Yesterday's organized walkout by Riot Games employees is an almost unheard-of labor action by games industry workers, but it's not without precedent. Developers have been dealing with unethical or irresponsible labor conditions for about as long as people have been making games—believe me, I know this firsthand both as a career developer and someone who served on the board of the IGDA—and many of the dynamics driving labor action at Riot have cropped up at other studios, at very different times in the history of this industry. In interviews for my book about the development of the brilliant 1999 PC tactical RPG Jagged Alliance 2, I learned about a similar labor action.
In the sweltering summer of 1998 at Sir-tech Canada in Ottawa, people were fed up. They'd been crunching on Jagged Alliance 2, their open world tactical role-playing game, for months. The game's release was was already delayed and the studio needed to get it to market as soon as possible or they risked going out of business.
Crunch on the project included late nights, early mornings, and occasional sleeping at the office. None of the overtime was paid, and employees were already taking low salaries even by the standards of the games industry at the time. This was compounded by more subtle dynamics at the company that made employees uncomfortable: Sir-tech was a family-run business, and employees felt that they had no one to complain to because criticism of the company or the project touched a raw nerve and could be taken as a criticism of family. This calls to mind modern corporate rhetoric where employees are encouraged to see the company as "one big family", which artificially creates the kind of reticence to organize that Sir-tech came by naturally.
A lower-level manager with experience from outside the games industry understood that their situation was untenable. This employee also understood that the team had leverage. By September, the studio was six months away from the game's ship date. If they threatened to walk out on development of the game, Sir-tech had to listen to them. Millions of dollars were on the line and there was no time for the studio to hire replacement workers. The studio would simply crash and burn if they left.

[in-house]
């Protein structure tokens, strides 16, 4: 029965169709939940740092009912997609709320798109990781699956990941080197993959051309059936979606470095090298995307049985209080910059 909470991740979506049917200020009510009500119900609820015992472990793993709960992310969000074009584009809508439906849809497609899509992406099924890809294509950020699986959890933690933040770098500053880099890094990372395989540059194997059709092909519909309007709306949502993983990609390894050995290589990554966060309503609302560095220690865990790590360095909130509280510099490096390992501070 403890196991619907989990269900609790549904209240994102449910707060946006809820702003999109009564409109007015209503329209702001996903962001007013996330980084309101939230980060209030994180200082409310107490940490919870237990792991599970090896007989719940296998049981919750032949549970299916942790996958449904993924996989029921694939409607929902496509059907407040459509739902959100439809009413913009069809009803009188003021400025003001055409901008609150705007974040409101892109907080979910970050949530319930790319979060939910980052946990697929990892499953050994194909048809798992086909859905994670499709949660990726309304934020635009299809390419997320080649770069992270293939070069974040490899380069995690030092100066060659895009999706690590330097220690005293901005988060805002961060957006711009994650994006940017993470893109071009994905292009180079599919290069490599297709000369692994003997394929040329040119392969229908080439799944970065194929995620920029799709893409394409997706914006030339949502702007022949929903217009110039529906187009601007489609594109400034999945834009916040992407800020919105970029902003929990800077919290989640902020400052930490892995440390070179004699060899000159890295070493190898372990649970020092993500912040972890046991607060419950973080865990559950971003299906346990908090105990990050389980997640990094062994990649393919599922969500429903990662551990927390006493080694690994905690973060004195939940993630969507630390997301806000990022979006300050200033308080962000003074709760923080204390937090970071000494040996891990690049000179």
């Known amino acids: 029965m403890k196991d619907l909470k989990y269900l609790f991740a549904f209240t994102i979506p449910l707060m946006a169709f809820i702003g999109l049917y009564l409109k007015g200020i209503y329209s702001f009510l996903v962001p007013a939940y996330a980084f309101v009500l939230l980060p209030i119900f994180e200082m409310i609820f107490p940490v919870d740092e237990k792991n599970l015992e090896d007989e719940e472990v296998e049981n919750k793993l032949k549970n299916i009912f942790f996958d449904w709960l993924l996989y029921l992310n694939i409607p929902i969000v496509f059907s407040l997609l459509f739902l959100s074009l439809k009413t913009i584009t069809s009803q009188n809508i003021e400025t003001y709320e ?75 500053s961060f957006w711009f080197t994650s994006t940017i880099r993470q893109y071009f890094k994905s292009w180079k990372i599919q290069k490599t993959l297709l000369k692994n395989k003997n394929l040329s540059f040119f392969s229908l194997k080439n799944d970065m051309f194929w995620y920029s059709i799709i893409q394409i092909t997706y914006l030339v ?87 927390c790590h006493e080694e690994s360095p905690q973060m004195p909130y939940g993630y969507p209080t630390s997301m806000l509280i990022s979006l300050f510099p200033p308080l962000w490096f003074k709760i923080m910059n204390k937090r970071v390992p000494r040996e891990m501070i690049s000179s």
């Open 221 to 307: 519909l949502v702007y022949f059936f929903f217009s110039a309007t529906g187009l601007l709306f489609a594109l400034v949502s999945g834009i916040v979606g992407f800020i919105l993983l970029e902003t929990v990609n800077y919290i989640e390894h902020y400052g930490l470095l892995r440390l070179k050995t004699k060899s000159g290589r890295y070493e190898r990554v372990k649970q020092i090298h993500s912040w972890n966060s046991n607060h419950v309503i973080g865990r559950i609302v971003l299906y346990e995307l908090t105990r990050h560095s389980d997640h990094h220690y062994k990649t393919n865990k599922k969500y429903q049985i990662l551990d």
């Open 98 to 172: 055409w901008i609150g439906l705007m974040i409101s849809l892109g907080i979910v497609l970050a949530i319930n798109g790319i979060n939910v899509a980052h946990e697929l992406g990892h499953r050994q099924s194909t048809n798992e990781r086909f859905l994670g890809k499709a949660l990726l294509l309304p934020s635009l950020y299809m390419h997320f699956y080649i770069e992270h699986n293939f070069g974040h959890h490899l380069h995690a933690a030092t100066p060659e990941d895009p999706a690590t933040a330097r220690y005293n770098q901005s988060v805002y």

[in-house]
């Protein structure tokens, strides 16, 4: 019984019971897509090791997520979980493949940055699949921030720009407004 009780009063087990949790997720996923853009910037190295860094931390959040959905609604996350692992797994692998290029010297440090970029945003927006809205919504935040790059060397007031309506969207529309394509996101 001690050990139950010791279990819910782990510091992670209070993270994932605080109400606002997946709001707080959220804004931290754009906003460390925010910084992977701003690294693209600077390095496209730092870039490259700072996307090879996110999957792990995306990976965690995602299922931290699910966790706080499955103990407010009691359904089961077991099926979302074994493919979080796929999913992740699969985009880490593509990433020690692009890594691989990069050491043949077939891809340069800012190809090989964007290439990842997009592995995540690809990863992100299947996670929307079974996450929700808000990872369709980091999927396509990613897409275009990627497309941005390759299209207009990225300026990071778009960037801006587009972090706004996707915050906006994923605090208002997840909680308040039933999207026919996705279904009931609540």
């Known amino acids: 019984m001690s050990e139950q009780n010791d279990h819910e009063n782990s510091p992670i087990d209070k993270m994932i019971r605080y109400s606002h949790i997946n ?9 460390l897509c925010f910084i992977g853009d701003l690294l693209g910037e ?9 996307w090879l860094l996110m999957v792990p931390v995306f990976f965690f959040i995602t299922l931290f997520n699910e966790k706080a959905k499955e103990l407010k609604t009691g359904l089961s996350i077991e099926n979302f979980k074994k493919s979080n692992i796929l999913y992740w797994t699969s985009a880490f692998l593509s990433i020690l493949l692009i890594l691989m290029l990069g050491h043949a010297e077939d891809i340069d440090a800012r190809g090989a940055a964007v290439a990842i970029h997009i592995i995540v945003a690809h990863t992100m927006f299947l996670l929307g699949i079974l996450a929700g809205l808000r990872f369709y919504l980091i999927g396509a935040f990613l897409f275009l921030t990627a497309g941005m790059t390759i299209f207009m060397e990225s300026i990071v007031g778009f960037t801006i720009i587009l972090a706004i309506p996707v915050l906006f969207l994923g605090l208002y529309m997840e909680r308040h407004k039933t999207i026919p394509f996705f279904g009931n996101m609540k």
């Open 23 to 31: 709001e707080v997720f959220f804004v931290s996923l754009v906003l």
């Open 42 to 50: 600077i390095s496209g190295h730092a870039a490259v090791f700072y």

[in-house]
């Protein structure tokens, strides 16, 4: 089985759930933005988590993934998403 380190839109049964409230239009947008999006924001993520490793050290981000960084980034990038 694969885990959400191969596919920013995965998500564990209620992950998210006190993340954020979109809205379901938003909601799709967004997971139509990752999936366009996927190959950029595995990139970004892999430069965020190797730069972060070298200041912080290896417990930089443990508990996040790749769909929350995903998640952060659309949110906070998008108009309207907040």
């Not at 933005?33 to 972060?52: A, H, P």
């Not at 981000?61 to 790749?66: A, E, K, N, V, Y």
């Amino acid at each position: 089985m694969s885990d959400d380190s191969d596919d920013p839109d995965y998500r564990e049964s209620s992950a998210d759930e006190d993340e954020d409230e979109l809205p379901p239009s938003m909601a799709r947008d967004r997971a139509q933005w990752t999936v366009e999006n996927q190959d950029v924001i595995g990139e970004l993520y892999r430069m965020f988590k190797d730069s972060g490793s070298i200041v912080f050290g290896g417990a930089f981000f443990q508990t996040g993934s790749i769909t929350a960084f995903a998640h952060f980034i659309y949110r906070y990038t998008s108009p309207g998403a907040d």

The developers wrote up a list of demands and took it to Ian Currie, the project director. He felt blindsided: most of the employees at the studio signed it, including at least one who had been friends with him for years. One developer (who spoke to me on background) told me that the demands had nothing to do with salary and were all about management style and general quality of life changes.
Currie recognized that many of the concerns in the list were valid, and conceded to many of the demands. The team was happy with Currie’s response, and development continued. In 2014 he described the experience as an important moment in his growth as a manager. He learned that even though the game was a very personal and emotional project for him, he could not expect people to put their lives on hold to help finish a project that they didn't have real ownership over.
The game shipped on schedule without further crunch. This labor action by games industry workers was rare in the 1990s, and actions like it remain rare today. One reason that game developers don't organize is they believe that there is no precedent and can't point to any past successes. The action at Sir-tech happened in private and it was decades until the developers felt comfortable discussing it. Everyone involved felt reticent to talk, even the employees who volunteered the information in interviews for my book.
The Sir-tech action was the result of an employee who had seen working conditions in a different industry and knew that things could be better. That employee was able to imagine a better workplace. If more stories about informal labor organizing in the games industry were made public, perhaps that would give workers today more confidence to fight for their rights.